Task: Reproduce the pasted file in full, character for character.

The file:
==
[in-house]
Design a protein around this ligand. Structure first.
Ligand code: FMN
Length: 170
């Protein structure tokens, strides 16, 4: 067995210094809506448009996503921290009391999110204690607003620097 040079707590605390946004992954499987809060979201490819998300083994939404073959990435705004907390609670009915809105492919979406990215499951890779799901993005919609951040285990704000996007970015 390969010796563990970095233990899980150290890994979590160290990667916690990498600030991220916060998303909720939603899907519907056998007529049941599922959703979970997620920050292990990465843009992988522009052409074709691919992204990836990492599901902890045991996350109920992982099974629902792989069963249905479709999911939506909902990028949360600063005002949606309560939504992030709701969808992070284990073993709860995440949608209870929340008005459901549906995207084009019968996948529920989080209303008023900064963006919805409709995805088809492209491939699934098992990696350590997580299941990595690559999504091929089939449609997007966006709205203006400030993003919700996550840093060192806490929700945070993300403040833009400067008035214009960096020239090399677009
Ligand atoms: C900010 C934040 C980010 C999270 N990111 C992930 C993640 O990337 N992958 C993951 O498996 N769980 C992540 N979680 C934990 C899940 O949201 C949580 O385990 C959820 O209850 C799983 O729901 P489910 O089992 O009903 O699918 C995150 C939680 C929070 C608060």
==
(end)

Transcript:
[in-house]
Design a protein around this ligand. Structure first.
Ligand code: FMN
Length: 170
């Protein structure tokens, strides 16, 4: 067995210094809506448009996503921290009391999110204690607003620097 040079707590605390946004992954499987809060979201490819998300083994939404073959990435705004907390609670009915809105492919979406990215499951890779799901993005919609951040285990704000996007970015 390969010796563990970095233990899980150290890994979590160290990667916690990498600030991220916060998303909720939603899907519907056998007529049941599922959703979970997620920050292990990465843009992988522009052409074709691919992204990836990492599901902890045991996350109920992982099974629902792989069963249905479709999911939506909902990028949360600063005002949606309560939504992030709701969808992070284990073993709860995440949608209870929340008005459901549906995207084009019968996948529920989080209303008023900064963006919805409709995805088809492209491939699934098992990696350590997580299941990595690559999504091929089939449609997007966006709205203006400030993003919700996550840093060192806490929700945070993300403040833009400067008035214009960096020239090399677009
Ligand atoms: C900010 C934040 C980010 C999270 N990111 C992930 C993640 O990337 N992958 C993951 O498996 N769980 C992540 N979680 C934990 C899940 O949201 C949580 O385990 C959820 O209850 C799983 O729901 P489910 O089992 O009903 O699918 C995150 C939680 C929070 C608060």